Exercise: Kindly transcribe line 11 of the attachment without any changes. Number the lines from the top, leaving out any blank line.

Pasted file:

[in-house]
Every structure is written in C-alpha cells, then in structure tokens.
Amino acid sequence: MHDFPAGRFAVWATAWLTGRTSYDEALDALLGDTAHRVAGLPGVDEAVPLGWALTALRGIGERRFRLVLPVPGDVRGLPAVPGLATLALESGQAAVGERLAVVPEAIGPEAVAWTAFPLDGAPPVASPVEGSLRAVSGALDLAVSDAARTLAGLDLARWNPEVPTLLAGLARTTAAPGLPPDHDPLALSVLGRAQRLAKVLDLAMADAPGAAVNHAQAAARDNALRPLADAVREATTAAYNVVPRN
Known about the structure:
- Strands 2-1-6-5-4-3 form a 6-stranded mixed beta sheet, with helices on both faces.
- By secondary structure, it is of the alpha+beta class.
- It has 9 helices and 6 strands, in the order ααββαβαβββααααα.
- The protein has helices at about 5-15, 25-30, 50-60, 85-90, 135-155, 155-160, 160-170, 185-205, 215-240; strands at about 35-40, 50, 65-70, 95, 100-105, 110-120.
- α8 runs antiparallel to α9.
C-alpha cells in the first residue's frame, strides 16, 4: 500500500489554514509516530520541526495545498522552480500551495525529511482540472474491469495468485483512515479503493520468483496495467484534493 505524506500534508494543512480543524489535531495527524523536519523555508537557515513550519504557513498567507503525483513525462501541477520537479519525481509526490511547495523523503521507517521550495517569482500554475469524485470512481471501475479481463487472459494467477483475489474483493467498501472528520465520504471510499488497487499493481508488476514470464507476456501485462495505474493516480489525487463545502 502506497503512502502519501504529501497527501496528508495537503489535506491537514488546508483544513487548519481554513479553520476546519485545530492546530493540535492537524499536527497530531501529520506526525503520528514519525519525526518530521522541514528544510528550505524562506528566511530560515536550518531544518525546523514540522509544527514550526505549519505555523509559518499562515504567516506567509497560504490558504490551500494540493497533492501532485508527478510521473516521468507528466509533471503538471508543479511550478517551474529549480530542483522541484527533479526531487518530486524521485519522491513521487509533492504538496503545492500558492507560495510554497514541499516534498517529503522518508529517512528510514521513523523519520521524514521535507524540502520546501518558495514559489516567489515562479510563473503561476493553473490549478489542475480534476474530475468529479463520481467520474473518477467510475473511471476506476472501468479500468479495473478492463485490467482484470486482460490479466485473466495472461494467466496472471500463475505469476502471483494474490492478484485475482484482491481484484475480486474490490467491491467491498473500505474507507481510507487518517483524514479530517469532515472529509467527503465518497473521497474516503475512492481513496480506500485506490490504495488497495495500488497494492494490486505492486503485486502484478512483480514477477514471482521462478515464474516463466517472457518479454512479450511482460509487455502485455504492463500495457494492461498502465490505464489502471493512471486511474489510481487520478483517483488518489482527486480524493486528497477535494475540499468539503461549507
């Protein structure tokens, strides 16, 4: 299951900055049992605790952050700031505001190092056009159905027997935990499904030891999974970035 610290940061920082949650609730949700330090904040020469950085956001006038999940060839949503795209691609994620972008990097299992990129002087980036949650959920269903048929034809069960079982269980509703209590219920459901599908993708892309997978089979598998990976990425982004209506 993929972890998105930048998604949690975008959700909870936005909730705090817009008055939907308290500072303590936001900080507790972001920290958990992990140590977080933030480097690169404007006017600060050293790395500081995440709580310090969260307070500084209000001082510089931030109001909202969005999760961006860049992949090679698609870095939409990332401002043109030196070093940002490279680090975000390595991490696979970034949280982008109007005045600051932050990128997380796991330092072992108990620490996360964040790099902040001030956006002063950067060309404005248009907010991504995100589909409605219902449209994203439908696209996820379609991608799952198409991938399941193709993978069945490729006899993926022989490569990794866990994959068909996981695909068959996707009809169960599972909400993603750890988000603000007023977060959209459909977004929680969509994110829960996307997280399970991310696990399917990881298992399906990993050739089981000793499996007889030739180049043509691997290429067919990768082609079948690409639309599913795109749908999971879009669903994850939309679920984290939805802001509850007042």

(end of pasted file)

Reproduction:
């Protein structure tokens, strides 16, 4: 299951900055049992605790952050700031505001190092056009159905027997935990499904030891999974970035 610290940061920082949650609730949700330090904040020469950085956001006038999940060839949503795209691609994620972008990097299992990129002087980036949650959920269903048929034809069960079982269980509703209590219920459901599908993708892309997978089979598998990976990425982004209506 993929972890998105930048998604949690975008959700909870936005909730705090817009008055939907308290500072303590936001900080507790972001920290958990992990140590977080933030480097690169404007006017600060050293790395500081995440709580310090969260307070500084209000001082510089931030109001909202969005999760961006860049992949090679698609870095939409990332401002043109030196070093940002490279680090975000390595991490696979970034949280982008109007005045600051932050990128997380796991330092072992108990620490996360964040790099902040001030956006002063950067060309404005248009907010991504995100589909409605219902449209994203439908696209996820379609991608799952198409991938399941193709993978069945490729006899993926022989490569990794866990994959068909996981695909068959996707009809169960599972909400993603750890988000603000007023977060959209459909977004929680969509994110829960996307997280399970991310696990399917990881298992399906990993050739089981000793499996007889030739180049043509691997290429067919990768082609079948690409639309599913795109749908999971879009669903994850939309679920984290939805802001509850007042």